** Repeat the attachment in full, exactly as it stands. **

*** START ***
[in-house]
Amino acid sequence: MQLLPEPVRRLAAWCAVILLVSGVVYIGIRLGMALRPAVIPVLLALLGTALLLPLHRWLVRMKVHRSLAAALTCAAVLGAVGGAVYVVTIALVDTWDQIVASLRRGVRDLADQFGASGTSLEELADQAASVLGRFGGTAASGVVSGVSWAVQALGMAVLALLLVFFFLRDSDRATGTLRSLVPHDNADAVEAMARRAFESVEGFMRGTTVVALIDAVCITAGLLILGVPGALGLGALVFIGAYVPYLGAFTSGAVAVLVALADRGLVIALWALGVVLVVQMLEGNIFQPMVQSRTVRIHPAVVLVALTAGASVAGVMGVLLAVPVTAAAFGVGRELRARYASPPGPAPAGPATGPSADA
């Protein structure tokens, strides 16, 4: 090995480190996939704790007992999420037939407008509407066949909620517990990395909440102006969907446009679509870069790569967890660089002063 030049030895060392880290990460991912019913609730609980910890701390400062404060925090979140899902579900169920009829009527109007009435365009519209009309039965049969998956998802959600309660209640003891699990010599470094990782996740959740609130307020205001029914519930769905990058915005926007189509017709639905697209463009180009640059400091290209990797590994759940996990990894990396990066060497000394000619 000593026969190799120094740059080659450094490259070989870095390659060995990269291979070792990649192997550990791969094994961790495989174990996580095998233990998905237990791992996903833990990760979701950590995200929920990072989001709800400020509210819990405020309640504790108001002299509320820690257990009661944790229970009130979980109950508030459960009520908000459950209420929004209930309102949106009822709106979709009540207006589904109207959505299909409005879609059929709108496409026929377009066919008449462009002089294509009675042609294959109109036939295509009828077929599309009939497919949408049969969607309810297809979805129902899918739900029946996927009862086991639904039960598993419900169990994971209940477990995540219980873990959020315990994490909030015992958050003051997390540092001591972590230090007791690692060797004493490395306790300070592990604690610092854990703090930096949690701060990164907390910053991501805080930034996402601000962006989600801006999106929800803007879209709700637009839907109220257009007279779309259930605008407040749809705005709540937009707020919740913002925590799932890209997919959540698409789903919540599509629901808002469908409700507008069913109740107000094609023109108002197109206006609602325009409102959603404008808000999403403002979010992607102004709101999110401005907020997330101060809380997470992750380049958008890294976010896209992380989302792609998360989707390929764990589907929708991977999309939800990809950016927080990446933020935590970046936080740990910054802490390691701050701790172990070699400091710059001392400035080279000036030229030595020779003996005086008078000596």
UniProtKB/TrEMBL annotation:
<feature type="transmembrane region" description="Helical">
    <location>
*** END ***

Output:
[in-house]
Amino acid sequence: MQLLPEPVRRLAAWCAVILLVSGVVYIGIRLGMALRPAVIPVLLALLGTALLLPLHRWLVRMKVHRSLAAALTCAAVLGAVGGAVYVVTIALVDTWDQIVASLRRGVRDLADQFGASGTSLEELADQAASVLGRFGGTAASGVVSGVSWAVQALGMAVLALLLVFFFLRDSDRATGTLRSLVPHDNADAVEAMARRAFESVEGFMRGTTVVALIDAVCITAGLLILGVPGALGLGALVFIGAYVPYLGAFTSGAVAVLVALADRGLVIALWALGVVLVVQMLEGNIFQPMVQSRTVRIHPAVVLVALTAGASVAGVMGVLLAVPVTAAAFGVGRELRARYASPPGPAPAGPATGPSADA
């Protein structure tokens, strides 16, 4: 090995480190996939704790007992999420037939407008509407066949909620517990990395909440102006969907446009679509870069790569967890660089002063 030049030895060392880290990460991912019913609730609980910890701390400062404060925090979140899902579900169920009829009527109007009435365009519209009309039965049969998956998802959600309660209640003891699990010599470094990782996740959740609130307020205001029914519930769905990058915005926007189509017709639905697209463009180009640059400091290209990797590994759940996990990894990396990066060497000394000619 000593026969190799120094740059080659450094490259070989870095390659060995990269291979070792990649192997550990791969094994961790495989174990996580095998233990998905237990791992996903833990990760979701950590995200929920990072989001709800400020509210819990405020309640504790108001002299509320820690257990009661944790229970009130979980109950508030459960009520908000459950209420929004209930309102949106009822709106979709009540207006589904109207959505299909409005879609059929709108496409026929377009066919008449462009002089294509009675042609294959109109036939295509009828077929599309009939497919949408049969969607309810297809979805129902899918739900029946996927009862086991639904039960598993419900169990994971209940477990995540219980873990959020315990994490909030015992958050003051997390540092001591972590230090007791690692060797004493490395306790300070592990604690610092854990703090930096949690701060990164907390910053991501805080930034996402601000962006989600801006999106929800803007879209709700637009839907109220257009007279779309259930605008407040749809705005709540937009707020919740913002925590799932890209997919959540698409789903919540599509629901808002469908409700507008069913109740107000094609023109108002197109206006609602325009409102959603404008808000999403403002979010992607102004709101999110401005907020997330101060809380997470992750380049958008890294976010896209992380989302792609998360989707390929764990589907929708991977999309939800990809950016927080990446933020935590970046936080740990910054802490390691701050701790172990070699400091710059001392400035080279000036030229030595020779003996005086008078000596």
UniProtKB/TrEMBL annotation:
<feature type="transmembrane region" description="Helical">
    <location>